CPC-EM Capsule

What do we already know about this clinical entity?

Histaminergic angioedema and anaphylaxis are similar disease processes, commonly seen in the emergency department in various states of severity.

What makes this presentation of disease reportable?

Polyethylene glycol (PEG) is thought to be minimally immunogenic; however, this case report shows it may have severe allergic potential in some patients.

What is the major learning point?

All medications should be considered in an anaphylactic reaction.

How might this improve emergency medicine practice?

Emergency physicians may more readily anticipate severe reactions and a difficult airway if patients present with signs and symptoms of allergy to products containing PEG.


Of those cases with reported reactions to PEG-containing products, the majority of patients present with simple urticaria or meet criteria of anaphylaxis with greater than two body systems involved.3,8 However, more severe reactions involving anaphylactic shock and occurrences of ventricular arrhythmias have been documented.3,9 Wenande et al recently reported a summary of the known cases of allergic reactions to PEG-containing products.3 Of those reported, fewer than 20 patients experienced cardiovascular collapse indicative of anaphylactic shock and only one with co-existing angioedema.3 All cases reported with discussion of patient management detailed resolution of anaphylactic symptoms and angioedema over the course of hours with recurrent dosing of epinephrine, antihistamines, and steroids.3

Our case differed in severity to those cited above, as the patient’s quick decompensation necessitated an escalation in treatment. The primary change in management was introduction of continuous IV epinephrine to support BP. Current guidelines support administration of IM epinephrine to stable patients demonstrating anaphylaxis; however, they recommend administration of IV epinephrine if anaphylaxis appears to be severe with an immediate life-threatening manifestation. The recommended starting infusion rate is between 1–4 micrograms per minute.10 Other treatment modalities remained the same, including steroid dosing and use of H1 (histamine type 1) and H2 antagonists.

The case reported here also presented a potentially difficult endotracheal intubation secondary to the significant angioedema visualized on his initial bedside oropharyngeal exam. It was presumed to be resultant of a histaminergic reaction given the concurrent anaphylaxis, as opposed to a non-histaminergic cause, such as bradykinin-mediated or hereditary angioedema, which would require a different treatment regimen.11 The patient was not actively taking angiotensin-converting-enzyme inhibitors for hypertension, one of the most implicated substances in bradykinin-mediated angioedema.12 He had not previously had an allergic reaction or edema of his lips or oropharynx to any other substance per his report. He also had no personal or family history of similar presentations, which makes it unlikely that he suffers from hereditary angioedema.12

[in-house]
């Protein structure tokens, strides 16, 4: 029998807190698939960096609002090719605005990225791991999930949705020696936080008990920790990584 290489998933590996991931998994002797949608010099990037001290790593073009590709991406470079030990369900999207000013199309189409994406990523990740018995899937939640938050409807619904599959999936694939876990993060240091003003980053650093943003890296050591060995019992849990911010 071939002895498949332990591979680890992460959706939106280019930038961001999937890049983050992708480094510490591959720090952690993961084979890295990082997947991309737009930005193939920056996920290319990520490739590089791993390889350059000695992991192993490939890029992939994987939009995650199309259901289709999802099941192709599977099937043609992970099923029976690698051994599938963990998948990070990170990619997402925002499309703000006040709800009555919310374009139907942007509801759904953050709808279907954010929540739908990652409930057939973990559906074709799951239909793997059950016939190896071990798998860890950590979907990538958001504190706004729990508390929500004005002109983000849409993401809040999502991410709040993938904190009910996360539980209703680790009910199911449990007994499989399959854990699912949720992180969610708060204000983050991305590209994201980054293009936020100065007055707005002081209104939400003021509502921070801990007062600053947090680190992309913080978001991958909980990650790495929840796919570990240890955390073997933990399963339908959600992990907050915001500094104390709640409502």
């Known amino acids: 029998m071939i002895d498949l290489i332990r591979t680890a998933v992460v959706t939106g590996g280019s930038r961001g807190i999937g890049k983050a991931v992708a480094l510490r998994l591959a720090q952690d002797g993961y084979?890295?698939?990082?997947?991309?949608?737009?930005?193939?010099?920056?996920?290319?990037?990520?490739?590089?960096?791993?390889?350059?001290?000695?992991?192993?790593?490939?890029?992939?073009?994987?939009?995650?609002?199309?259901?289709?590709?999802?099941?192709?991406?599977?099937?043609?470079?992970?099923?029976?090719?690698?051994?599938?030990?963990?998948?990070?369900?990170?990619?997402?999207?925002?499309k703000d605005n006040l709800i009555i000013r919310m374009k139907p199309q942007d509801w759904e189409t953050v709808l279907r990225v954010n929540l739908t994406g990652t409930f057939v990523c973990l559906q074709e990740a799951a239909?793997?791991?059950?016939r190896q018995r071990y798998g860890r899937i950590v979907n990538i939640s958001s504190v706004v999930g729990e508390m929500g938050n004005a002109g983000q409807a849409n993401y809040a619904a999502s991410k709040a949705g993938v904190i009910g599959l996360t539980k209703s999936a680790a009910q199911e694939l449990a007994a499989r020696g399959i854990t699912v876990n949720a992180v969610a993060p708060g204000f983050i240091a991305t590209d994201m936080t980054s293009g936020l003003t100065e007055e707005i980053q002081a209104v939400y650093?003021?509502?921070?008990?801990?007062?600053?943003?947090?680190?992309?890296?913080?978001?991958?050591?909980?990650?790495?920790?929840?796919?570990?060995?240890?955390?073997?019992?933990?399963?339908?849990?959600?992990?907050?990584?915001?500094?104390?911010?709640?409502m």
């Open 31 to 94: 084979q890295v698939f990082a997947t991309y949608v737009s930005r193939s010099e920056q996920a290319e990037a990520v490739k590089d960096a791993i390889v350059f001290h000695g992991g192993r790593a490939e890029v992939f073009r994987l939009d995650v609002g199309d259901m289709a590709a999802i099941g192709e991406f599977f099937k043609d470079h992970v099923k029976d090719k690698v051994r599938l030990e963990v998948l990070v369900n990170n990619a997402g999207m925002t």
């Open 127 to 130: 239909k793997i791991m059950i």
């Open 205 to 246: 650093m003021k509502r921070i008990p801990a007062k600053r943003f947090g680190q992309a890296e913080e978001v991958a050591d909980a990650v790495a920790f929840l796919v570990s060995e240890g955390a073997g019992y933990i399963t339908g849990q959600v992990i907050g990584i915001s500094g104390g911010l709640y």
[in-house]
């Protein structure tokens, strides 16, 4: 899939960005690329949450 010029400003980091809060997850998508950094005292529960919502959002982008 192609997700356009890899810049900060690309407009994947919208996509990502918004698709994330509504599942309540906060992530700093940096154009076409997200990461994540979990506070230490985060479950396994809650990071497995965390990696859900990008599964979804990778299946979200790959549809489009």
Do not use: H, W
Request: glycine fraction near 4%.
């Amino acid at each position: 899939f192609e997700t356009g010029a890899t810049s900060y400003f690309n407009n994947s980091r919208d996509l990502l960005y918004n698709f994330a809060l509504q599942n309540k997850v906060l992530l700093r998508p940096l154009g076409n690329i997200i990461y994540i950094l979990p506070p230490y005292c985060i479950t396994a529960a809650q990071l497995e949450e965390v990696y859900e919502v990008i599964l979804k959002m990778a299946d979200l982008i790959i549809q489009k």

Histaminergic angioedema is a subtype of angioedema caused by a deep tissue reaction initiated by histamine release from mast cells, and by subsequent immunoglobulin E-mediated complement activation.2 It causes vasodilation and vascular permeability, typically affecting the perioral and periorbital regions, but can also be seen as a non-pitting edema of the extremities and abdomen.5 When this reaction localizes to the oropharyngeal structures, endotracheal intubation may become extremely challenging due to severe hypopharyngeal and vocal cord edema.

Studies vary on prevalence of airway obstruction with angioedema; however, in general about 15% of all types of angioedema cases require intubation, and 50% of those needing a definitive airway require cricothyrotomy or tracheostomy.12 We identified no recent studies with a PubMed search on rates of intubation in histamine-mediated angioedema specifically. Histaminergic angioedema is mediated by the cytokine and histamine activation implicated in anaphylaxis, and the use of antihistamines, steroids, and epinephrine is regarded as the standard of care.12 Treatment regimens for bradykinin-induced and hereditary angioedema continue to be controversial.2,11 Regardless of the cause, ensuring establishment of a definitive airway, when needed, is paramount.


The exact mechanism of PEG-induced anaphylaxis has not yet been fully elucidated. It is likely initiated by uptake of PEG molecules across the gastrointestinal mucosa, and its large molecular weight and hydrophilicity prolongs this process. We suspect that the patient was therefore able to tolerate a significant ingestion prior to onset of symptoms, and the amount ingested was likely the cause of his rapid deterioration to anaphylactic shock, despite the appropriate initial management for anaphylaxis. Although the associated side effects of PEGs are commonly restricted to abdominal discomfort, bloating, cramping, and nausea, case reports like this one suggest a need for increased awareness in all specialties that regularly prescribe these medications. Emergency providers should be especially aware of this reported complication of PEG-containing products as rapid identification and resuscitation is key to improving morbidity and mortality in these patients.


Section Editor: Rick A. McPheeters, DO

Full text available through open access at http://escholarship.org/uc/uciem_cpcem

The authors attest that their institution requires neither Institutional Review Board approval, nor patient consent for publication of this case report. Documentation on file.

Address for Correspondence: Amy Rossi, MD, University of Texas at Houston, McGovern Medical School, Department of Emergency Medicine, 6431 Fannin St., Houston, TX 77030. Email: Amy.rossi@uth.tmc.edu. 4:189 – 192

Submission history: Revision received September 14, 2019; Submitted February 27, 2020; Accepted March 6, 2020

Conflicts of Interest: By the CPC-EM article submission agreement, all authors are required to disclose all affiliations, funding sources and financial or management relationships that could be perceived as potential sources of bias. The authors disclosed none.